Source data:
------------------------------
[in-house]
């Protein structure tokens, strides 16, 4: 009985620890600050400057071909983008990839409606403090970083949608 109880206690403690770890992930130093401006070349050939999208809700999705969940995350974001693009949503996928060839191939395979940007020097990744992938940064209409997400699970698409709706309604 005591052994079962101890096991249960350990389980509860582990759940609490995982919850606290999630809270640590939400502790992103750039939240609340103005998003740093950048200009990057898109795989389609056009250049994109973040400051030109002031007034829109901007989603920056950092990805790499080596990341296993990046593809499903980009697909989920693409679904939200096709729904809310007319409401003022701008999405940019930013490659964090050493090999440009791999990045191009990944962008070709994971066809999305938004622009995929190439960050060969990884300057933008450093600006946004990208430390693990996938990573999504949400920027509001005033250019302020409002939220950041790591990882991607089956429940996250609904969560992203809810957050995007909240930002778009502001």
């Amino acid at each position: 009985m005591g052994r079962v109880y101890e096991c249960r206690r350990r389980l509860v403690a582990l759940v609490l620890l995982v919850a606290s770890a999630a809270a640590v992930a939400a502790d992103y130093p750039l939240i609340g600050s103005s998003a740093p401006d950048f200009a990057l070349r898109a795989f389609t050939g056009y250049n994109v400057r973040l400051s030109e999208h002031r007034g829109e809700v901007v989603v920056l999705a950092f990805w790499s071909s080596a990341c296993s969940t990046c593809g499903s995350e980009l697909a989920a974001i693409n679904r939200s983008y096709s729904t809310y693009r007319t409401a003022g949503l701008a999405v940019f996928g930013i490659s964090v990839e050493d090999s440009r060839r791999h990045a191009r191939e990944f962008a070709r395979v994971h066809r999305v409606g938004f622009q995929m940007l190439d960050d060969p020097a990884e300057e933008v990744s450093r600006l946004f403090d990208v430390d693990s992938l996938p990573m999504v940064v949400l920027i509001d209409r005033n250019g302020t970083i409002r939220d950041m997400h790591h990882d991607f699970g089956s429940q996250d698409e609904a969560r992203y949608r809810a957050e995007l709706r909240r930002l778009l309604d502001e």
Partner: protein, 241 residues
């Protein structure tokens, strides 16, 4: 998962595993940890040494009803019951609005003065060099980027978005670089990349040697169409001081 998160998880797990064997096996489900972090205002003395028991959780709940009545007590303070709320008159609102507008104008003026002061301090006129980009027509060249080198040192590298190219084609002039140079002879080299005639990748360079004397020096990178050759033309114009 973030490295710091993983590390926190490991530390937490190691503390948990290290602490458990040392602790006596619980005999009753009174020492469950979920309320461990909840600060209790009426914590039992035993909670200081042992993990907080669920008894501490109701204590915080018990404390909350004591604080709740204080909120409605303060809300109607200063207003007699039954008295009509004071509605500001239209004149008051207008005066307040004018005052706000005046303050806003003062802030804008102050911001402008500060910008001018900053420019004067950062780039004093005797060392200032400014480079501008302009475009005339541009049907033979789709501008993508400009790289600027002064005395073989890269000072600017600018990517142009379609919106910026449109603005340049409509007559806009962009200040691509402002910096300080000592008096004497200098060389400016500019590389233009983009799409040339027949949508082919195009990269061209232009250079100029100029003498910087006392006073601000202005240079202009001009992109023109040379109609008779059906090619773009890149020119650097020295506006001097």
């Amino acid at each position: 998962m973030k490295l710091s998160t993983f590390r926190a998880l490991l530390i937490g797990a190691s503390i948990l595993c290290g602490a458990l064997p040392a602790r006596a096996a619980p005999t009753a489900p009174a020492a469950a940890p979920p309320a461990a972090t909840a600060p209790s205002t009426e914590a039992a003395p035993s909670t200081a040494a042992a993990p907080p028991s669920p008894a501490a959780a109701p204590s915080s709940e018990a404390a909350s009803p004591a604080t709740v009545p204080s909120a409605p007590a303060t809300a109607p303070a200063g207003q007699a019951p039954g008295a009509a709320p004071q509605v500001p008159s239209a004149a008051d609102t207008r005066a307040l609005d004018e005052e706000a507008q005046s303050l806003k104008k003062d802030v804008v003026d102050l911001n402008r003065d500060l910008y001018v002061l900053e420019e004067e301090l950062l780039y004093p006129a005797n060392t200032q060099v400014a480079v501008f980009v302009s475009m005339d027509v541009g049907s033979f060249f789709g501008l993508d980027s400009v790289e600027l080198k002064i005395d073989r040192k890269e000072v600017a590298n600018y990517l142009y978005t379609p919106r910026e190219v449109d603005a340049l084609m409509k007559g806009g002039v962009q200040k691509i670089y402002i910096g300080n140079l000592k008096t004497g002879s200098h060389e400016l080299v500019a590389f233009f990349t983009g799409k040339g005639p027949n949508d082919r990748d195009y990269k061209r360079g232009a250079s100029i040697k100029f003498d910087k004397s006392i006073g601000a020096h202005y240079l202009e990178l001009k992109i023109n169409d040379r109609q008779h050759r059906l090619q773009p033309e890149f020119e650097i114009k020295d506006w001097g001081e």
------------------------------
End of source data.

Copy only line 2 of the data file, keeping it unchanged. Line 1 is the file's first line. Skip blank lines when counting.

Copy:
């Protein structure tokens, strides 16, 4: 009985620890600050400057071909983008990839409606403090970083949608 109880206690403690770890992930130093401006070349050939999208809700999705969940995350974001693009949503996928060839191939395979940007020097990744992938940064209409997400699970698409709706309604 005591052994079962101890096991249960350990389980509860582990759940609490995982919850606290999630809270640590939400502790992103750039939240609340103005998003740093950048200009990057898109795989389609056009250049994109973040400051030109002031007034829109901007989603920056950092990805790499080596990341296993990046593809499903980009697909989920693409679904939200096709729904809310007319409401003022701008999405940019930013490659964090050493090999440009791999990045191009990944962008070709994971066809999305938004622009995929190439960050060969990884300057933008450093600006946004990208430390693990996938990573999504949400920027509001005033250019302020409002939220950041790591990882991607089956429940996250609904969560992203809810957050995007909240930002778009502001």